Gold zooms to record peak, coffee scores 12-year high
Gold rocketed to an all-time high this week after China announced that it would relax its currency's peg to the dollar, while coffee scored a 12-year peak on the back of tight supplies.
China's central bank, the People's Bank of China, said last weekend that it would allow the yuan more flexibility against the US currency, sparking expectations of higher demand for dollar-priced raw materials.
After initial gains on the China news, many commodities slid as downbeat US data highlighted a faltering American economy and sparked questions about the outlook for demand in the world's biggest energy consuming nation.
The US economy grew at a weaker-than-expected 2.7 percent rate in the first quarter, a third and final revision from the US Commerce Department showed on Friday. The reading undershot forecasts of 3.0-percent expansion.
PRECIOUS METALS: The price of gold soared to a new historic record of 1,265.30 dollars per ounce at the start of the week.
"Gold opened Monday in a steady mood, holding ground above 1,255 across the early part of the day and setting a fresh peak of 1,265.30," said analyst James Moore at specialist metals website TheBullionDesk.com.
He added: "China's decision to relax the yuan's peg against the dollar sparked a jump in risk appetite, triggering gains in stocks and also commodities on speculation the move will increase demand for raw materials.
"Speculation (that) the currency move by China could boost car sales lifted platinum and palladium to their best levels in a month."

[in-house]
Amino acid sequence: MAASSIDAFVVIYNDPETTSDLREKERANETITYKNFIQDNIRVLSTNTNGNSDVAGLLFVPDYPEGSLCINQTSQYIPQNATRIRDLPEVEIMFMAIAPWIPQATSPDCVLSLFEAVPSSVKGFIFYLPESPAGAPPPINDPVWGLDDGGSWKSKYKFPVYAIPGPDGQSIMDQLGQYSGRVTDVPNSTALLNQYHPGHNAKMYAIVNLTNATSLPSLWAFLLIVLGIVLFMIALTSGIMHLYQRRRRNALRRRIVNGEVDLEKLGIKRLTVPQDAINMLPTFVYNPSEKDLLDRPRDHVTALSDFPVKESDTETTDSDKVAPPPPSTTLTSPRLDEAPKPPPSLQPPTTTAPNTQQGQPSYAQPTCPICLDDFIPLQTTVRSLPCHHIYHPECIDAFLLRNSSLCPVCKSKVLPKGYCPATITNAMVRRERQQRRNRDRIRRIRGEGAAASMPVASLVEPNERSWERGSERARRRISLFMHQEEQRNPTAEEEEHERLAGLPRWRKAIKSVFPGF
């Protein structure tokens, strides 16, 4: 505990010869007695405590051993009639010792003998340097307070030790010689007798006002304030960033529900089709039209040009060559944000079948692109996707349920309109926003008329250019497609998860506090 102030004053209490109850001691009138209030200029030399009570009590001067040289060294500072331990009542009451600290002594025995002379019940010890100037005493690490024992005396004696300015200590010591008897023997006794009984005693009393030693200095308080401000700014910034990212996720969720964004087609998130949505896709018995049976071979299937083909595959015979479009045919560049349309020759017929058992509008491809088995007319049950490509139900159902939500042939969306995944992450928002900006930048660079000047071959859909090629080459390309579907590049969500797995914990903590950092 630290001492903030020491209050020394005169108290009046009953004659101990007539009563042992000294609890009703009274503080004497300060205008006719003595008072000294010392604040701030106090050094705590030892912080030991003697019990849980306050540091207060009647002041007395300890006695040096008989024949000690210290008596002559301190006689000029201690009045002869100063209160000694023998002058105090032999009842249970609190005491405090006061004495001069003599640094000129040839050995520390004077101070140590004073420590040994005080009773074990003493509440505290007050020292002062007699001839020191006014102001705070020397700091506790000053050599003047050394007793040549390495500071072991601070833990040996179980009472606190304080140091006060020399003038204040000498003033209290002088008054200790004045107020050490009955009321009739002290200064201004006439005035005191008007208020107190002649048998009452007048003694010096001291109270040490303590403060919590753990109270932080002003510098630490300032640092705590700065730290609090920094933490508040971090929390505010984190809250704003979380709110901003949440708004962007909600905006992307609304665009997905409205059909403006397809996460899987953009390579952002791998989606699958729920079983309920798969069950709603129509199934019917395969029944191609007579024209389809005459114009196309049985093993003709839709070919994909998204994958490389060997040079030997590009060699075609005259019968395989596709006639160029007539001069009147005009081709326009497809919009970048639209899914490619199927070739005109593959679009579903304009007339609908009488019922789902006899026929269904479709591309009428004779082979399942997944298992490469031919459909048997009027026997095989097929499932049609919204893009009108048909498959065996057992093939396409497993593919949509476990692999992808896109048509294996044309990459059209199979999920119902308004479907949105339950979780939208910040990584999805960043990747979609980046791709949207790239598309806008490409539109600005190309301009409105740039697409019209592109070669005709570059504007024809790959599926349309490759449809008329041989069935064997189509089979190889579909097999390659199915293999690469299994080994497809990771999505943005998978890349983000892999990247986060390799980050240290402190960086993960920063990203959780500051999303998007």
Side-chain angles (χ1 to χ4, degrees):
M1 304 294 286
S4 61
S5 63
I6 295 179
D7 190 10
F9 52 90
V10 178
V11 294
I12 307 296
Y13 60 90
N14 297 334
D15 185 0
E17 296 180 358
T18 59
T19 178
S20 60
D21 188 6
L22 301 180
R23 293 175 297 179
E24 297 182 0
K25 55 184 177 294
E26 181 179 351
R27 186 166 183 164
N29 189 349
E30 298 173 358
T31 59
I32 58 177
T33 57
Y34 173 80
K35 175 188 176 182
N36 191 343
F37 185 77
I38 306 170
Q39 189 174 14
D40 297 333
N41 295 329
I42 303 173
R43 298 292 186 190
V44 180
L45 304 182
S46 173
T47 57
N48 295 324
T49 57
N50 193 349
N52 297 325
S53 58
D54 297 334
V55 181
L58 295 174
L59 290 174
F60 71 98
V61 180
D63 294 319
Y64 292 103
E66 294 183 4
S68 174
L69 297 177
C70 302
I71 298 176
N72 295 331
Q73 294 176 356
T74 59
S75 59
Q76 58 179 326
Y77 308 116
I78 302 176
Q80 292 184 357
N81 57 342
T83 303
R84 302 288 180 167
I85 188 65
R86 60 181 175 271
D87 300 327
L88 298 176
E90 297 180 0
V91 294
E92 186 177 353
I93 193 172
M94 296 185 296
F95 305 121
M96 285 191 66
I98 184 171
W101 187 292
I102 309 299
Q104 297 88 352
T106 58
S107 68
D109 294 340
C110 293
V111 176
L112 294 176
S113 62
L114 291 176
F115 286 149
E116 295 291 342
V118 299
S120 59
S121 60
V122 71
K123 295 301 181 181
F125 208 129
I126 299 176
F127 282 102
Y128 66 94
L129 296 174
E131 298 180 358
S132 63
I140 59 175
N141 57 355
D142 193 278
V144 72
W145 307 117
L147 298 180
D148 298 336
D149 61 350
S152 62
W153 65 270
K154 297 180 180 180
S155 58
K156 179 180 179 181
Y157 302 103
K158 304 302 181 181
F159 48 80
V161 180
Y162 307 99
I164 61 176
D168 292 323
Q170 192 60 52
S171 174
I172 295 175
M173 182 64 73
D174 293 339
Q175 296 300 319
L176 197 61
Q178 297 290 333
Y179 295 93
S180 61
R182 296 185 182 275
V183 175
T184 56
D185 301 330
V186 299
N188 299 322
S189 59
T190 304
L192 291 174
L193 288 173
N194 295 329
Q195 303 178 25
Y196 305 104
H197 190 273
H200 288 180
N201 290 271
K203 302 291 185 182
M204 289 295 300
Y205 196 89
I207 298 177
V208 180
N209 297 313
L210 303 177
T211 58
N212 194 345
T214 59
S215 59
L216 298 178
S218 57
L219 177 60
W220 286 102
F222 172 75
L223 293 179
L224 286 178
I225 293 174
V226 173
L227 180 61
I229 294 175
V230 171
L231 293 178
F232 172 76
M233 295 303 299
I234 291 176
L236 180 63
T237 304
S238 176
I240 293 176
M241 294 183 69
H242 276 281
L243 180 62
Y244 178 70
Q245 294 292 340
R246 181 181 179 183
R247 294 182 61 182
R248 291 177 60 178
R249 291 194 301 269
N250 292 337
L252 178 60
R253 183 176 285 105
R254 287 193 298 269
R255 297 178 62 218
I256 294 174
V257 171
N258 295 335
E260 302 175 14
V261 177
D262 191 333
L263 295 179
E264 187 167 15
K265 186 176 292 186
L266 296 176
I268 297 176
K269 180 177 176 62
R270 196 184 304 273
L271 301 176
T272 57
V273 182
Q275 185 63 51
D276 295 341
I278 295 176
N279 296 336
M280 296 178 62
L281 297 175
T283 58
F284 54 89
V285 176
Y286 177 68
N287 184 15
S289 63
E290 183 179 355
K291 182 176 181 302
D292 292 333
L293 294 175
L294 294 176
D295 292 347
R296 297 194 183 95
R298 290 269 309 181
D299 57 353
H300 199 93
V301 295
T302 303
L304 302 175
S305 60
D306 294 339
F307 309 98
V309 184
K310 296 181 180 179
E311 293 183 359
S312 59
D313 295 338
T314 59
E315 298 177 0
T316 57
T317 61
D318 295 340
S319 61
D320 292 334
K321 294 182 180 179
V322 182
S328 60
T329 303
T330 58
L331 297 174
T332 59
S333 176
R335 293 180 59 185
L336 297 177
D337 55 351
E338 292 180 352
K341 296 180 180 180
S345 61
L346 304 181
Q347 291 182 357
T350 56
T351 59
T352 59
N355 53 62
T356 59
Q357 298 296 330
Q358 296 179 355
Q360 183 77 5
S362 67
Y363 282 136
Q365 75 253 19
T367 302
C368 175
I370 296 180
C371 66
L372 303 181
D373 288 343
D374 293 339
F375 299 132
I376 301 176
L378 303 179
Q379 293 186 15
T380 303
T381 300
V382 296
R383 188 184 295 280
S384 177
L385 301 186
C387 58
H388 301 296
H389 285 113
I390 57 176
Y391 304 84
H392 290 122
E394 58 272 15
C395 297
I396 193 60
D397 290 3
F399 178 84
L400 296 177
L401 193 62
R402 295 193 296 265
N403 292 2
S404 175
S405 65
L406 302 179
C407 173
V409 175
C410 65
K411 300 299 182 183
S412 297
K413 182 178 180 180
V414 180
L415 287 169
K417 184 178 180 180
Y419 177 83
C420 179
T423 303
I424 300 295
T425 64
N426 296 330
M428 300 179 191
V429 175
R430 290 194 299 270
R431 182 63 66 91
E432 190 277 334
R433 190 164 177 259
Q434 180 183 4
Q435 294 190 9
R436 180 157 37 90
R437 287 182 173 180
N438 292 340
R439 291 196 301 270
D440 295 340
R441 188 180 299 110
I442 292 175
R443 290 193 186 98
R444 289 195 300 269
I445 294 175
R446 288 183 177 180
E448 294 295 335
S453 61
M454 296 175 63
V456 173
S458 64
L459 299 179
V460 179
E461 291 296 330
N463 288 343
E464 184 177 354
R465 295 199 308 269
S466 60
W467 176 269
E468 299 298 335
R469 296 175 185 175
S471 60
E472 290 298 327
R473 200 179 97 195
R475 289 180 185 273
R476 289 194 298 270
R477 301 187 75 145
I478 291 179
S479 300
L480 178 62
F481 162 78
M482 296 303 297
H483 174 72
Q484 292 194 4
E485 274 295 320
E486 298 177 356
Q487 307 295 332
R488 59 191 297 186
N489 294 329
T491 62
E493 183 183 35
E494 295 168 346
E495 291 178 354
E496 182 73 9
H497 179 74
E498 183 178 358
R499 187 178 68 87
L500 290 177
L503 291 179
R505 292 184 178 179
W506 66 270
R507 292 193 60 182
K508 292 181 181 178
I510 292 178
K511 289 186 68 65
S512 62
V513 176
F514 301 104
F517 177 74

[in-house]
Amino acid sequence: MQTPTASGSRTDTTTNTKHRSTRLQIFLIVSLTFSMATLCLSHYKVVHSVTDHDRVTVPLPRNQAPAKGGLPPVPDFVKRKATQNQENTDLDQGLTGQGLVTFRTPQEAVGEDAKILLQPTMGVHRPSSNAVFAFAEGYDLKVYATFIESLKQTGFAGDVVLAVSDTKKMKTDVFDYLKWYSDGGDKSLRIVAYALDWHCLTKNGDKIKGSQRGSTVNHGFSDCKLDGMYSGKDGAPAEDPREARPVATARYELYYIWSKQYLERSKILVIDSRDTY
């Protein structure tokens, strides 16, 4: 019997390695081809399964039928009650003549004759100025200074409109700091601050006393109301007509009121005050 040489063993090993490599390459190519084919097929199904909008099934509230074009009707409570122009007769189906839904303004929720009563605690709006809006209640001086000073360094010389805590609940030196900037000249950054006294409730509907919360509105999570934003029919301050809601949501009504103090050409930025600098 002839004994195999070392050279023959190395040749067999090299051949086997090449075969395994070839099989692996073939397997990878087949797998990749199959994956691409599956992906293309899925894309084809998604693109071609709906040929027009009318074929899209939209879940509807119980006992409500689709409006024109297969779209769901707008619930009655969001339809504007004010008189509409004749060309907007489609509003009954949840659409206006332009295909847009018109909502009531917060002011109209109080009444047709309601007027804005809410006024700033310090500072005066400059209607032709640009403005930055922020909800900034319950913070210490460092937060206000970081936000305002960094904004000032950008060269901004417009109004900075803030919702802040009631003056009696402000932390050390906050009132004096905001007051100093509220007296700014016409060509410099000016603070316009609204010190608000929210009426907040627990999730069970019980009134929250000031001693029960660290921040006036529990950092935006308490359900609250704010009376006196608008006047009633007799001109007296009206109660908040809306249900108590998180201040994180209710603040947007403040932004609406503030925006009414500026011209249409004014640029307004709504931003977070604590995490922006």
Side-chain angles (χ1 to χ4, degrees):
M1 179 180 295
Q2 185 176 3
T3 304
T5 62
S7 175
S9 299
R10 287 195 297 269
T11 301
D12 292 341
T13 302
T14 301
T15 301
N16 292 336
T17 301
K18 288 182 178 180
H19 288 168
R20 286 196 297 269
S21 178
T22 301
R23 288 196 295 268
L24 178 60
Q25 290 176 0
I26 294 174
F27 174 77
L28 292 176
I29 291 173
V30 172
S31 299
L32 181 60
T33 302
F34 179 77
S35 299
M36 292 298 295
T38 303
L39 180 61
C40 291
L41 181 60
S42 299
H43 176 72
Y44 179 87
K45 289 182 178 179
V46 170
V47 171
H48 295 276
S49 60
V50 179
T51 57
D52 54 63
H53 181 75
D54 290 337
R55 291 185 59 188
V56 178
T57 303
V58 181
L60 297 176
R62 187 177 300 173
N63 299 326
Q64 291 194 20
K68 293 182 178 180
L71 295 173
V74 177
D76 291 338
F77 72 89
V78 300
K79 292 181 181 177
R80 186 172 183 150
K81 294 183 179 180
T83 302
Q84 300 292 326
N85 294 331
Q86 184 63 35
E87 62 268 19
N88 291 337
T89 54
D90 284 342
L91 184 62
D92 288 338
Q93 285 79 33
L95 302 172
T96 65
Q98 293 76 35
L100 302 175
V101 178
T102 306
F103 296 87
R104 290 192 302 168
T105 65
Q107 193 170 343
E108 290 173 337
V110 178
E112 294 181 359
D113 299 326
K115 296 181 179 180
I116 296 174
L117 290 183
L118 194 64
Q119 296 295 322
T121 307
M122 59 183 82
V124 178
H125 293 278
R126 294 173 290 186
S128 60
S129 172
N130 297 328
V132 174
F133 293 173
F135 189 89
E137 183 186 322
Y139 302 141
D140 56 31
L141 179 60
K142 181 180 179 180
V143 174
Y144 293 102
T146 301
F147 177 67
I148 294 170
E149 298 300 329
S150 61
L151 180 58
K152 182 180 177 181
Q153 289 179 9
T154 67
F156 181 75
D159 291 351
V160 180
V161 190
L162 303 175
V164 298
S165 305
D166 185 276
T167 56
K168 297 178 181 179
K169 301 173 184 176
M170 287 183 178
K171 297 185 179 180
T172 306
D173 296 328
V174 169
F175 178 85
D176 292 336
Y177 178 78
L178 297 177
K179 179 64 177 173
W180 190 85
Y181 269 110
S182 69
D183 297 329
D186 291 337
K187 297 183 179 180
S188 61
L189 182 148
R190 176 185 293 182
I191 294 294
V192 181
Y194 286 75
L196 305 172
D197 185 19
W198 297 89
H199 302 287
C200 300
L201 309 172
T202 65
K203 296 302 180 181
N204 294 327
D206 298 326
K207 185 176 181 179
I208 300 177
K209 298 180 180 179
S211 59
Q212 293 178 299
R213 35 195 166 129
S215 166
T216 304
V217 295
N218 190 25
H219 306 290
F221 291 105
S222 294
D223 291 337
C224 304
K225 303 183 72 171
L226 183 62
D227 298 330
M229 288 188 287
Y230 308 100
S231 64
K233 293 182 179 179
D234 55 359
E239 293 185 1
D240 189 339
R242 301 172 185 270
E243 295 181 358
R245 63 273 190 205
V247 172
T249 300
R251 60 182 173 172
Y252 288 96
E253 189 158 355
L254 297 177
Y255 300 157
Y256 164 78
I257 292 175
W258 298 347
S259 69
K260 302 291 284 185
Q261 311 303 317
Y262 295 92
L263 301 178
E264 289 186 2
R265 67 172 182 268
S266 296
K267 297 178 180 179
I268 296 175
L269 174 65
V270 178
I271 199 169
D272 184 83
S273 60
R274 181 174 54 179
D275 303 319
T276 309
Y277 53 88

The precious metal, whose two main drivers are jewellery and investment buyers, is viewed as a safe-haven investment in times of economic uncertainty.
"Safe-haven buying remains ripe," added Barclays Capital analyst Suki Cooper.
By late Friday on the London Bullion Market, gold prices were at 1,254 dollars an ounce from 1,256 dollars the previous week.
Silver eased to 18.65 dollars an ounce from 18.77 dollars.
On the London Platinum and Palladium Market, platinum slipped to 1,549 dollars an ounce from 1,578 dollars.
Palladium declined to 466 dollars an ounce from 484 dollars.
OIL: Crude oil had rallied on Monday after China announced that it would relax the yuan's dollar peg, and also ended the week higher on supply fears about stormy weather in the Caribbean.
The booming export-geared Chinese economy is leading the global recovery from recession and is considered the key driver of energy demand as the world's second-largest oil-consuming nation, after the United States.
The oil market pulled back on Tuesday as renewed economic recovery concerns resurfaced.
Those worries were reignited after a report showed US existing-home sales slumped unexpectedly in May and a credit ratings downgrade by Fitch on French bank BNP Paribas shook confidence in the European banking sector.
On Wednesday, oil plunged on news of higher-than-expected US reserve estimates and further signs of a limited economic recovery.
The US Department of Energy said Wednesday that American crude reserves soared by 2.0 million barrels in the week to June 18, indicating weaker demand for energy.
That surprised the market because expectations had been for a large drop of 1.0 million barrels.
In addition, data showed Wednesday that sales of new single-family US homes plunged almost 33 percent in May to a record low.
The US Federal Reserve, meanwhile, raised concerns about the strength of the American economy's recovery from recession, and suggested the European debt crisis was taking its toll.
Heading into the weekend, oil bounced higher on Friday on hopes for a seasonal rise in gasoline (petrol) demand and concerns over a potential tropical storm developing in the Caribbean.